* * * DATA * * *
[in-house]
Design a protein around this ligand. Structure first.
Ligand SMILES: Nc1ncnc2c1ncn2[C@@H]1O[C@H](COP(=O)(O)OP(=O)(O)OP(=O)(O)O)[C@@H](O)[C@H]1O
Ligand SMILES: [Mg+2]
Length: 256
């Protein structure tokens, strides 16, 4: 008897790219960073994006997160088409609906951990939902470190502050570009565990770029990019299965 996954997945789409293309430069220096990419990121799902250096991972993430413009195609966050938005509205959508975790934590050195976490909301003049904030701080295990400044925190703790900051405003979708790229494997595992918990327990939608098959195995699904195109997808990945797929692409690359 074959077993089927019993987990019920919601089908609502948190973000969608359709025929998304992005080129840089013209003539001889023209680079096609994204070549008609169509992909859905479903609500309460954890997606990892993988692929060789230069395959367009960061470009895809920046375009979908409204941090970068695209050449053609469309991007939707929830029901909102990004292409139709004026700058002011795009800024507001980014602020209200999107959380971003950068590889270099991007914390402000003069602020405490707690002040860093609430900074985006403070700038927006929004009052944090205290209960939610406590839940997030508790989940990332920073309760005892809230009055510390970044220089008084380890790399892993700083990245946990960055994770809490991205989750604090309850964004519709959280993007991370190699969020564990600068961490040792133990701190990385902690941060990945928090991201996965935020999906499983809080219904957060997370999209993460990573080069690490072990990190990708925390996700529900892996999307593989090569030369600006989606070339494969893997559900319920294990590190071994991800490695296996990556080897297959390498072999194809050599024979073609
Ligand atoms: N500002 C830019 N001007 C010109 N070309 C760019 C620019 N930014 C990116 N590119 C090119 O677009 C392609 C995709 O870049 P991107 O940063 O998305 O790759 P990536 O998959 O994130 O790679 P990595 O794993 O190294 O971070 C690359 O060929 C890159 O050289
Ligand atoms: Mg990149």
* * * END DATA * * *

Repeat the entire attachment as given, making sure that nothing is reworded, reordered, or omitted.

[in-house]
Design a protein around this ligand. Structure first.
Ligand SMILES: Nc1ncnc2c1ncn2[C@@H]1O[C@H](COP(=O)(O)OP(=O)(O)OP(=O)(O)O)[C@@H](O)[C@H]1O
Ligand SMILES: [Mg+2]
Length: 256
């Protein structure tokens, strides 16, 4: 008897790219960073994006997160088409609906951990939902470190502050570009565990770029990019299965 996954997945789409293309430069220096990419990121799902250096991972993430413009195609966050938005509205959508975790934590050195976490909301003049904030701080295990400044925190703790900051405003979708790229494997595992918990327990939608098959195995699904195109997808990945797929692409690359 074959077993089927019993987990019920919601089908609502948190973000969608359709025929998304992005080129840089013209003539001889023209680079096609994204070549008609169509992909859905479903609500309460954890997606990892993988692929060789230069395959367009960061470009895809920046375009979908409204941090970068695209050449053609469309991007939707929830029901909102990004292409139709004026700058002011795009800024507001980014602020209200999107959380971003950068590889270099991007914390402000003069602020405490707690002040860093609430900074985006403070700038927006929004009052944090205290209960939610406590839940997030508790989940990332920073309760005892809230009055510390970044220089008084380890790399892993700083990245946990960055994770809490991205989750604090309850964004519709959280993007991370190699969020564990600068961490040792133990701190990385902690941060990945928090991201996965935020999906499983809080219904957060997370999209993460990573080069690490072990990190990708925390996700529900892996999307593989090569030369600006989606070339494969893997559900319920294990590190071994991800490695296996990556080897297959390498072999194809050599024979073609
Ligand atoms: N500002 C830019 N001007 C010109 N070309 C760019 C620019 N930014 C990116 N590119 C090119 O677009 C392609 C995709 O870049 P991107 O940063 O998305 O790759 P990536 O998959 O994130 O790679 P990595 O794993 O190294 O971070 C690359 O060929 C890159 O050289
Ligand atoms: Mg990149």